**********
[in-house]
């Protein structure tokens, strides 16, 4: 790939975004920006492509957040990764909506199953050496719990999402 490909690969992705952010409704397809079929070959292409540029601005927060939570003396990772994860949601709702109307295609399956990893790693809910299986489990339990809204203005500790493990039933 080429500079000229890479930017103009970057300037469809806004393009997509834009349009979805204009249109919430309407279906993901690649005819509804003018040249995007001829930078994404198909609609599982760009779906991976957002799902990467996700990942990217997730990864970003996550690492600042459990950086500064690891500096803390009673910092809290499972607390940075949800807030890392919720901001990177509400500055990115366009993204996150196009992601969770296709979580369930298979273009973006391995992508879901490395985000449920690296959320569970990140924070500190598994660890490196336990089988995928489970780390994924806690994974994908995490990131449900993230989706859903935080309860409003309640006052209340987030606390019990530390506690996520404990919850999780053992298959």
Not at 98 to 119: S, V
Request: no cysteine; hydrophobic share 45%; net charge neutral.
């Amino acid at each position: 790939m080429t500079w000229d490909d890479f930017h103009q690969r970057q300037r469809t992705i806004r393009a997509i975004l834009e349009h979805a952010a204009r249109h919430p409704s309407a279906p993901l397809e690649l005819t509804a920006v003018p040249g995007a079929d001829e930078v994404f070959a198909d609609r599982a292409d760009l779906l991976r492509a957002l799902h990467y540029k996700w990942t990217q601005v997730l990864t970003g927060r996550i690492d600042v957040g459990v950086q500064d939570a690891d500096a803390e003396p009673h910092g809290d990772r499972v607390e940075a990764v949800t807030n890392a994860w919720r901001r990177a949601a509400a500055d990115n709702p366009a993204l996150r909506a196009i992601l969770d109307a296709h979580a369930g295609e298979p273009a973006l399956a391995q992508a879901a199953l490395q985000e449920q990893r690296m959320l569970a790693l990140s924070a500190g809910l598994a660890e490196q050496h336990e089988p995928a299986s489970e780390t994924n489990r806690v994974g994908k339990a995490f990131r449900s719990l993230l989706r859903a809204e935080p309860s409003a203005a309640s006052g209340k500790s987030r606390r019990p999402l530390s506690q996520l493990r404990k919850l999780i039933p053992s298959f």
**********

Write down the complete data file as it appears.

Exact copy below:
[in-house]
């Protein structure tokens, strides 16, 4: 790939975004920006492509957040990764909506199953050496719990999402 490909690969992705952010409704397809079929070959292409540029601005927060939570003396990772994860949601709702109307295609399956990893790693809910299986489990339990809204203005500790493990039933 080429500079000229890479930017103009970057300037469809806004393009997509834009349009979805204009249109919430309407279906993901690649005819509804003018040249995007001829930078994404198909609609599982760009779906991976957002799902990467996700990942990217997730990864970003996550690492600042459990950086500064690891500096803390009673910092809290499972607390940075949800807030890392919720901001990177509400500055990115366009993204996150196009992601969770296709979580369930298979273009973006391995992508879901490395985000449920690296959320569970990140924070500190598994660890490196336990089988995928489970780390994924806690994974994908995490990131449900993230989706859903935080309860409003309640006052209340987030606390019990530390506690996520404990919850999780053992298959």
Not at 98 to 119: S, V
Request: no cysteine; hydrophobic share 45%; net charge neutral.
């Amino acid at each position: 790939m080429t500079w000229d490909d890479f930017h103009q690969r970057q300037r469809t992705i806004r393009a997509i975004l834009e349009h979805a952010a204009r249109h919430p409704s309407a279906p993901l397809e690649l005819t509804a920006v003018p040249g995007a079929d001829e930078v994404f070959a198909d609609r599982a292409d760009l779906l991976r492509a957002l799902h990467y540029k996700w990942t990217q601005v997730l990864t970003g927060r996550i690492d600042v957040g459990v950086q500064d939570a690891d500096a803390e003396p009673h910092g809290d990772r499972v607390e940075a990764v949800t807030n890392a994860w919720r901001r990177a949601a509400a500055d990115n709702p366009a993204l996150r909506a196009i992601l969770d109307a296709h979580a369930g295609e298979p273009a973006l399956a391995q992508a879901a199953l490395q985000e449920q990893r690296m959320l569970a790693l990140s924070a500190g809910l598994a660890e490196q050496h336990e089988p995928a299986s489970e780390t994924n489990r806690v994974g994908k339990a995490f990131r449900s719990l993230l989706r859903a809204e935080p309860s409003a203005a309640s006052g209340k500790s987030r606390r019990p999402l530390s506690q996520l493990r404990k919850l999780i039933p053992s298959f």